It also really doesn't matter what start & end year I chose for my composite, there's a definitive long-term trend towards subtropical -AAM esp ~30N after the 1997-98 super NINO, which is completely different from what we're seeing this year. In fact, what we're seeing now is a temporary throwback to a cooler base state climate w/ contracted HC thus subtropical +AAM would be expected with tropical warming and subtropical cooling, if anything.

 

Here, I've blown up the original AAM time series plot and clearly marked the post 1997-98 subtropical -AAM that's corresponded with the aforementioned warming in the subtropics which completely flies in the face of what you've been trying to claim.

 

1516872957_ScreenShot2018-11-30at1.png.2cbd4e6af8887976ab3937d659488fca.png

 

 

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"Note the stronger zonal winds in the sub-tropical belt 30 N reflected by the oranges"

Once again, your interpretation is just flat-out wrong if you actually more closely inspected the data. Latitudinal averages of the zonal mean wind anomalies show anomalous easterlies in the subtropics ~20-30N in modern El Ninos. I recommend using cross-section analyses in NCEP R1, looks can be deceiving from standard difference plots.

 

08pY9sLzfd.png.f0456223b7be4bad6db86b1c82e08ad0.png

 

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2 hours ago, Isotherm said:

 

 

"it's quite mind-boggling to read unequivocal, unqualified, dogmatic statements such as, "you're wrong," as if the putative final word has been uttered."

 

Let's get a few things straight...

 

You stated on multiple occasions that there was excess westerly momentum in the long-term signal in the subtropics, I dismantled this proposal multiple times.


First the SST composite I responded to you with was supposedly indicative of +AAM in the subtropics. 

 

"This, in my view, corroborates the notion that zonal wind anomalies, off-equator, would be enhanced via strengthening meridional thermal gradients, and by extension, provide additional momentum injection into the atmosphere. "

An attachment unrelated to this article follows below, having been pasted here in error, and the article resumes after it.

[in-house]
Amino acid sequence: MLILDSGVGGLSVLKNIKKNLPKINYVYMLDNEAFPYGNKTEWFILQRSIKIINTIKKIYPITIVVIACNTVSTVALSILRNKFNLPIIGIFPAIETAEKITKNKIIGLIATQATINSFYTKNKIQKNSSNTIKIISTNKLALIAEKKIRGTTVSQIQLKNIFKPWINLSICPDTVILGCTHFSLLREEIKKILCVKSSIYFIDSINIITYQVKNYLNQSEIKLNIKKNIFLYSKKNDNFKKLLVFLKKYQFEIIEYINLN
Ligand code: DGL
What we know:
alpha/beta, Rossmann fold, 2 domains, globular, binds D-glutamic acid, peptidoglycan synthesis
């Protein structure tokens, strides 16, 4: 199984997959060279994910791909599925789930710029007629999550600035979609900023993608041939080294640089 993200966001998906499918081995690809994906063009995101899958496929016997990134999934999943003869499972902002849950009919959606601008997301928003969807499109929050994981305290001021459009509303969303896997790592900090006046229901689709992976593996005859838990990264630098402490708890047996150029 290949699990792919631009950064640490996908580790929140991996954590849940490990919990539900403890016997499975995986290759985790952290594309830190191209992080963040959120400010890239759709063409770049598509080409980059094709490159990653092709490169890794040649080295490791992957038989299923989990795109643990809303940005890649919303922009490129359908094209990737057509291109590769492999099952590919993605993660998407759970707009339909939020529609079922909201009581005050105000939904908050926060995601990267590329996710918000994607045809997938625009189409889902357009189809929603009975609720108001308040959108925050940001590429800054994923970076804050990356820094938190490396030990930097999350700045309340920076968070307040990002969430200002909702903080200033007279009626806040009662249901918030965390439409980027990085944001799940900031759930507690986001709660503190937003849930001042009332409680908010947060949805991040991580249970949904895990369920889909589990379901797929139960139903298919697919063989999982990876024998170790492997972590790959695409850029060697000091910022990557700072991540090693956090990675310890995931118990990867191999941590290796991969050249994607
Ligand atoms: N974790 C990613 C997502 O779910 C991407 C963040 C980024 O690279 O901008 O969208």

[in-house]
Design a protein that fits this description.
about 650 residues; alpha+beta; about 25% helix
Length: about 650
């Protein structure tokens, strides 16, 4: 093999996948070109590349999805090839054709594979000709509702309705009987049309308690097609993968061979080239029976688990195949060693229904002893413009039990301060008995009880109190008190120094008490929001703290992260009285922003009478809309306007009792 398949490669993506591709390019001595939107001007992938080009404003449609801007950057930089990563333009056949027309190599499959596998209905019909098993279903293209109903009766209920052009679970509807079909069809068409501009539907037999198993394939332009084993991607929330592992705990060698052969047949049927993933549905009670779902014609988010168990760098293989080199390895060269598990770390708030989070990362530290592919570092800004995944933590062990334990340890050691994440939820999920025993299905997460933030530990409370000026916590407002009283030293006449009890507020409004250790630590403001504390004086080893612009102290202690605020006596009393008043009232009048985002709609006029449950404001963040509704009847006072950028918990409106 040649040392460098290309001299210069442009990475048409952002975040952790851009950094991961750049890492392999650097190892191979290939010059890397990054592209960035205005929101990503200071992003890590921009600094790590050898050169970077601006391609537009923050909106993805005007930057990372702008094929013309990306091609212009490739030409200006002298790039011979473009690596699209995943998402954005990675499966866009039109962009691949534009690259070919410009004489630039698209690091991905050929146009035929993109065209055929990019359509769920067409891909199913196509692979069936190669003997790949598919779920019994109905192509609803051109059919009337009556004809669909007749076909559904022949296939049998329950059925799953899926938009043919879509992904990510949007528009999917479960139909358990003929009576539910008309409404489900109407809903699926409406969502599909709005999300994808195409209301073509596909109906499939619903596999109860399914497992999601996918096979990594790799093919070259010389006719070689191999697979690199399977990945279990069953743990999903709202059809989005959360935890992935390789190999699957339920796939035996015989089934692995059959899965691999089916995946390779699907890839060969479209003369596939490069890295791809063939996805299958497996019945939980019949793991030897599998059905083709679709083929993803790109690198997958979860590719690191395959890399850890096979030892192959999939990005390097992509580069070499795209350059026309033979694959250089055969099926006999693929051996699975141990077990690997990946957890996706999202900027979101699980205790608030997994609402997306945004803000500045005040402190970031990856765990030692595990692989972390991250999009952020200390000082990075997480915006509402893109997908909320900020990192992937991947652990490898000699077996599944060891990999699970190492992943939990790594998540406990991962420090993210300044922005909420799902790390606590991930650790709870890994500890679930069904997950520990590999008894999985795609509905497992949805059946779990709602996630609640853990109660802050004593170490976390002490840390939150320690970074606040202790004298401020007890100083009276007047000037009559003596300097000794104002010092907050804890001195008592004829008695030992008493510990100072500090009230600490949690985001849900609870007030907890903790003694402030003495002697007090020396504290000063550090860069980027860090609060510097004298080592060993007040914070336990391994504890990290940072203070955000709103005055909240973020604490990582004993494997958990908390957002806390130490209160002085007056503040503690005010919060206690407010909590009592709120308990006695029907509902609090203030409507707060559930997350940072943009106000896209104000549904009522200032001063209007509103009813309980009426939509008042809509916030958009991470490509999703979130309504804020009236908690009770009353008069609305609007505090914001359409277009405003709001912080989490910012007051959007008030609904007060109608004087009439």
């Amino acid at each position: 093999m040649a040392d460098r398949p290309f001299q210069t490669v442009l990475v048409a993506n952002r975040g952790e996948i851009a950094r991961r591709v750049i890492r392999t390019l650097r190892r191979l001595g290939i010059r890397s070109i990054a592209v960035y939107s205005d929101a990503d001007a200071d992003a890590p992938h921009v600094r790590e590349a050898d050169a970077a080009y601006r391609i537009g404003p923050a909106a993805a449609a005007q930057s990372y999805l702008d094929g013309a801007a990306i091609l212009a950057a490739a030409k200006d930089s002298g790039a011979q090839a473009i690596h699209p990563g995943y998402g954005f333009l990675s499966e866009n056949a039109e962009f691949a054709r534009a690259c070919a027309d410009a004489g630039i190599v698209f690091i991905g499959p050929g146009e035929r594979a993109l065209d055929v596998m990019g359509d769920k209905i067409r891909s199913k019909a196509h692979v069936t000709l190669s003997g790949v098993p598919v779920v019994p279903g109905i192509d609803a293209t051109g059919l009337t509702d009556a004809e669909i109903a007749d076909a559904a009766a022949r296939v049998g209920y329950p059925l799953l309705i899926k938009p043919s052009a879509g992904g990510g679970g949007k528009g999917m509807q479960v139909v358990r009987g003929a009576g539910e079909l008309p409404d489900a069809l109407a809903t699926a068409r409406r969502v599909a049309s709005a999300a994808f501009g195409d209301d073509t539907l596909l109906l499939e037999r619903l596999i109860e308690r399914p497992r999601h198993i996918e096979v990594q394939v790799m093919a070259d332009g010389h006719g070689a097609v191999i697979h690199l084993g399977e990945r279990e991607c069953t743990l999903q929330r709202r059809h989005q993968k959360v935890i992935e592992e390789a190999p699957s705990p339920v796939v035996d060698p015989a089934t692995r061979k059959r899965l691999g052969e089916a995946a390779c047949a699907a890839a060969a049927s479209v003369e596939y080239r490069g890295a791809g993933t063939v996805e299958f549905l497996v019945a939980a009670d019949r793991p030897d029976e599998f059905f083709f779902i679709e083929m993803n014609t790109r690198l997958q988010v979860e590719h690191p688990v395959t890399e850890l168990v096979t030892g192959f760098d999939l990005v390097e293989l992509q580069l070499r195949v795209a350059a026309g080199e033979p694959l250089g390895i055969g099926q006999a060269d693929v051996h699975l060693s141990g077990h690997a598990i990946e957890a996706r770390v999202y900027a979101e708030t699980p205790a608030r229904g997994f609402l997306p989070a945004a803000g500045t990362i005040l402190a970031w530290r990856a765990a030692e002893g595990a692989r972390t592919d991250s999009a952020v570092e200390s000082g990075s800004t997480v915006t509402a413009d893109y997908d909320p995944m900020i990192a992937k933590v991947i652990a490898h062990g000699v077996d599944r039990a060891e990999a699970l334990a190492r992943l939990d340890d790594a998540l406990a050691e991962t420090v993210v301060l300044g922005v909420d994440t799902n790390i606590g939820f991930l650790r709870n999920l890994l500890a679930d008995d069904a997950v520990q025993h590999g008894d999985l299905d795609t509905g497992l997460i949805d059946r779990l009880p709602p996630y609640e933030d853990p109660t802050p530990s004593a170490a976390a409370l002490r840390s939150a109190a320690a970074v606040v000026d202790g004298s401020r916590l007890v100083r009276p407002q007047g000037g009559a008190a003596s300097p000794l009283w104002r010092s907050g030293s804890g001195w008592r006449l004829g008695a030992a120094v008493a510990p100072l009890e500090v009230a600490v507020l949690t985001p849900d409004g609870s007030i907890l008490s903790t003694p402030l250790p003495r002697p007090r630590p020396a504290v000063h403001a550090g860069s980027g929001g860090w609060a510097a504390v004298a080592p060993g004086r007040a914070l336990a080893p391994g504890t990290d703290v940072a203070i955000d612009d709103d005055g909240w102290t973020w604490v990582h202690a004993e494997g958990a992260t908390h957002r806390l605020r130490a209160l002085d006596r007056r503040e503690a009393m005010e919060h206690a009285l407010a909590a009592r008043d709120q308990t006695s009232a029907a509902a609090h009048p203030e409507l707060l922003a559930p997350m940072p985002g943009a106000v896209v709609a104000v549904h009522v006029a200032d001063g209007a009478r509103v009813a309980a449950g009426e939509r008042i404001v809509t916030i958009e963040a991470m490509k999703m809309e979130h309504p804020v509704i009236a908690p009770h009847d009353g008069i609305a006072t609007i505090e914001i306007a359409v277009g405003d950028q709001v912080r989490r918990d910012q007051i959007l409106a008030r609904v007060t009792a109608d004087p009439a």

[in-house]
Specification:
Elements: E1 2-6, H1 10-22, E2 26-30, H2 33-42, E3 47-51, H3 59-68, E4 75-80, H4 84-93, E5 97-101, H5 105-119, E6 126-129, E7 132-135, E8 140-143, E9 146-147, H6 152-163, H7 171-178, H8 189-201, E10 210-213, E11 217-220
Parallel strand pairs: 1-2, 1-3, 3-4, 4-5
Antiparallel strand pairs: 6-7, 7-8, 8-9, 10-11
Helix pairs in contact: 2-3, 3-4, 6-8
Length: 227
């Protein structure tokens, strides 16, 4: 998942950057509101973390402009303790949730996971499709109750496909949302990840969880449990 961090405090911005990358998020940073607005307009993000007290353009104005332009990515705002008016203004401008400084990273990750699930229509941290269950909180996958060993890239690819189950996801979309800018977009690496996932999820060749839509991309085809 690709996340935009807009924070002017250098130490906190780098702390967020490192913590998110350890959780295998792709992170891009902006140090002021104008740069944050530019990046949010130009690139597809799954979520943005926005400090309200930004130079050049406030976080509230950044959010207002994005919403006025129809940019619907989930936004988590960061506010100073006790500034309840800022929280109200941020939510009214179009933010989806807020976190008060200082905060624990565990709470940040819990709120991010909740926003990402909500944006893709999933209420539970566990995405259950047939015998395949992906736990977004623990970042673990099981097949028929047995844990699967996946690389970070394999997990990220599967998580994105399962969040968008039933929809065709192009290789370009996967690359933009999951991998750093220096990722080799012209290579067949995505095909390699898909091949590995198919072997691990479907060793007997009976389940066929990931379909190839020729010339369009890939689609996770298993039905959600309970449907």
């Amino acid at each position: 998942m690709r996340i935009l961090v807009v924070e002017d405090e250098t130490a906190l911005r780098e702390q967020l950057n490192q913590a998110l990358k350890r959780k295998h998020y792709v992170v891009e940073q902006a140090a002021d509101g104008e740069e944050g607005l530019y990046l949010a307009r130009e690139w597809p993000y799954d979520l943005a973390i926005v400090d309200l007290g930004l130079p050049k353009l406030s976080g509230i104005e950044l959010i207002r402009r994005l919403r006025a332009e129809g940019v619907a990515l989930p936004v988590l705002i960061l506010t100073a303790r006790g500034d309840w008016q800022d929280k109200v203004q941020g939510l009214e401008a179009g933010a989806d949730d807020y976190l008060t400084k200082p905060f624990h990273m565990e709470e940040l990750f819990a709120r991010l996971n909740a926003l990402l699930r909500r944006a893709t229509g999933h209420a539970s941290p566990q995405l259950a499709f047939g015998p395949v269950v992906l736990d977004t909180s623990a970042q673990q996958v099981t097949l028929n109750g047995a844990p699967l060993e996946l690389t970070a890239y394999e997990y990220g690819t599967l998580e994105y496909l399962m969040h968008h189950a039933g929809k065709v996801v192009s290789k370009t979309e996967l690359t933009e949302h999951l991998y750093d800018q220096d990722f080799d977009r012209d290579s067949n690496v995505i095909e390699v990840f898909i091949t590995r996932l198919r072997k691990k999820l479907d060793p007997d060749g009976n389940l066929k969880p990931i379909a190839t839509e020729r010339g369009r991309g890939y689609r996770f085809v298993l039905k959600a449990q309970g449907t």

Then of course, this same composite you referred to had -AAM in the same locations you assumed it would be positive. Oops...

MG3h5cx0Vh.png.178c746c820386460ad10d29c1fd4bb2.png.9e651f14560e0017f59692d6721e3a64.png

 

 

Then you then went onto claim that I was somehow cherry picking the data and should use post 1976 NINOs to compare with that apparently showed excess subtropical +AAM.

 

"Eric, you're comparing apples to oranges with those years ranges."

 

"Note the stronger zonal winds in the sub-tropical belt 30 N reflected by the oranges, redolent of the fact that recent El Ninos have seen an increase in sub-tropical zonal winds and thus likely AAM compared to older years."

 

Yet, once again you were wrong in this regard because there was -AAM in the NCEP R1 means ~20-30N in the difference composite. There's nothing dogmatic or unqualified about this, in fact I was looking at the EXACT same data you were.

 

The biggest difference is unlike what you did, I didn't just eyeball the composites and assume my opinion was right based on that highly subjective analysis. 

The actual data doesn't lie and shows that there's -AAM (in blue) in the subtropics in those same NINOs you said had +AAM, that is a fact, there is no debate on this particular point even though you're trying to make it look like there is.

 

08pY9sLzfd.png.f0456223b7be4bad6db86b1c82e08ad0.png.e11c02dfac1d9ce4e93b8bcba07653e1.png